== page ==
Walnuts from our neighbour and garlic from the garden as well as some extra virgin olive oil and salt & pepper.

Our poor little hand mixer almost overheated from all the hard work of mixing pesto.

Lovely smooth pesto paste

Ready to eat – pesto from the garden :)

Garden update!

Front garden has really taken off in the heat!

After the rain came sunshine, and it’s been blazing hot here in the Okanagan the last week. Just what all the tomatoes needed! Things are growing like crazy, but it’s not until I look back at old pictures that I realize what a difference it is in just a week or so. Right now we just started harvesting green beans and carrots should be ready to get pulled up soon too.

The tomatoes have almost outgrown their bamboo cages!

Tomato stems thicker than my thumbs

Shy tomatoes hiding from the blazing sun

Nasturtiums

Our potatoes have grown enormous!

Gorgeous deep red nasturtiums finding shade under their own umbrellas

These are invasive weeds but still oh so pretty…

Little cherry tomatoes on their way.

Peas in a pod

There are few things from the garden that I find as delicious to eat as sugar snaps. Whether they are munched directly from the vine, or lightly boiled with some salt and served with a melting piece of butter, I like them all, and I will eat them as soon as I get my hands on them!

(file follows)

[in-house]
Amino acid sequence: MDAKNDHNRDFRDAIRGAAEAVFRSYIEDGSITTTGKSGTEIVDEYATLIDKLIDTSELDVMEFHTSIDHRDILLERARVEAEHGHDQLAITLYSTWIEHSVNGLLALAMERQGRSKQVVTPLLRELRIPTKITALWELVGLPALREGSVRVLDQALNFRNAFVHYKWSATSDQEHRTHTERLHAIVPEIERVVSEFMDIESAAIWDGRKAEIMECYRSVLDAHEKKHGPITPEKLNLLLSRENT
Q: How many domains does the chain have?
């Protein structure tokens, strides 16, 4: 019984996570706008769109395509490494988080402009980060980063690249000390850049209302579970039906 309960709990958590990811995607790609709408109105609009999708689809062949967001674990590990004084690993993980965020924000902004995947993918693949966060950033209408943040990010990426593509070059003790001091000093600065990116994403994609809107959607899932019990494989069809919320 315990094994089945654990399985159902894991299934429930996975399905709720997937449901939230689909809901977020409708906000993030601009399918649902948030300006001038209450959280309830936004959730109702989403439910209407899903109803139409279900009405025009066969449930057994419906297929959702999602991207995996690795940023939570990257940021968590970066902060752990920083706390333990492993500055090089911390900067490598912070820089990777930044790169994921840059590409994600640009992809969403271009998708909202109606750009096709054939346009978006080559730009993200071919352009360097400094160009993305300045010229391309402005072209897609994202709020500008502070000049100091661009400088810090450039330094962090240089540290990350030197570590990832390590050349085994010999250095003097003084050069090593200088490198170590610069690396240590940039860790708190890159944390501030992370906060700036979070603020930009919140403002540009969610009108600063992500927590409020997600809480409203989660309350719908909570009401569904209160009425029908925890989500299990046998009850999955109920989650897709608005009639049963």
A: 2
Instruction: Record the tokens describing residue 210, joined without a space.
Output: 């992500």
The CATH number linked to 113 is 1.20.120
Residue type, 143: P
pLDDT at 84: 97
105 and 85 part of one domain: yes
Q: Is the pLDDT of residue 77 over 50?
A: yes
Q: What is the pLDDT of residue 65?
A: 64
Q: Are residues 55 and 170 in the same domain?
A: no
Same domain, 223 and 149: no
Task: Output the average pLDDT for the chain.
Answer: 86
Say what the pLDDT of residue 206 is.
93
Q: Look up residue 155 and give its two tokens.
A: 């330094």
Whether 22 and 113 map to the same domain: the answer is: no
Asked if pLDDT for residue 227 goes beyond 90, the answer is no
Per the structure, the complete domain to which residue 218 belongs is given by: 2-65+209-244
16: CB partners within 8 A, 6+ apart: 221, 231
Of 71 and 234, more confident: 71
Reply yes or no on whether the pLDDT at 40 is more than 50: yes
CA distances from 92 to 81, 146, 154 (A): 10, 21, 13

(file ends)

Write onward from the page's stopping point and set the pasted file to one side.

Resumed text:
The pea-jungle by the shed

Two pods in the garden

Buttered deliciousness from the garden

Fussy tomatoes

The tomatoes are finally starting to take off. We’ve had crazy rains over the last week, and as soon as the sun started peeking though it felt like the tomato plants grew an inch just over the day. Now they’re all thick stemmed and fussy, full of buds and some of the first flowers. Since the different varieties kind of got a little bit mixed up in the transplanting business it’s with great curiosity I’m following what kind of flowers that pop up on the different plants. Check out these ones and try to guess yourselves (see the options in this old post):Since it’s been kind of stormy and rainy here I decided to make little cages for the tomatoes to make sure they had something to lean on when the wind hits them.All you need is some bamboo sticks and rope (and some scout-skills of making tripods).

When I started growing tomatoes, everyone told me about how tomato plants are really fussy, you have to baby them before you put them out, give them lots of water and nutrients etc., but I found that mine did pretty well at surviving by themselves even though it took them a a little time to catch up in size and robustness. For a while I was feeling a little bit like Seymore:

“I’ve given you sunshine
I’ve given you dirt.
You’ve given me nothing
But heartache and hurt.
I’m beggin’ you sweetly.
I’m down on my knees.
Oh, please-grow for me!”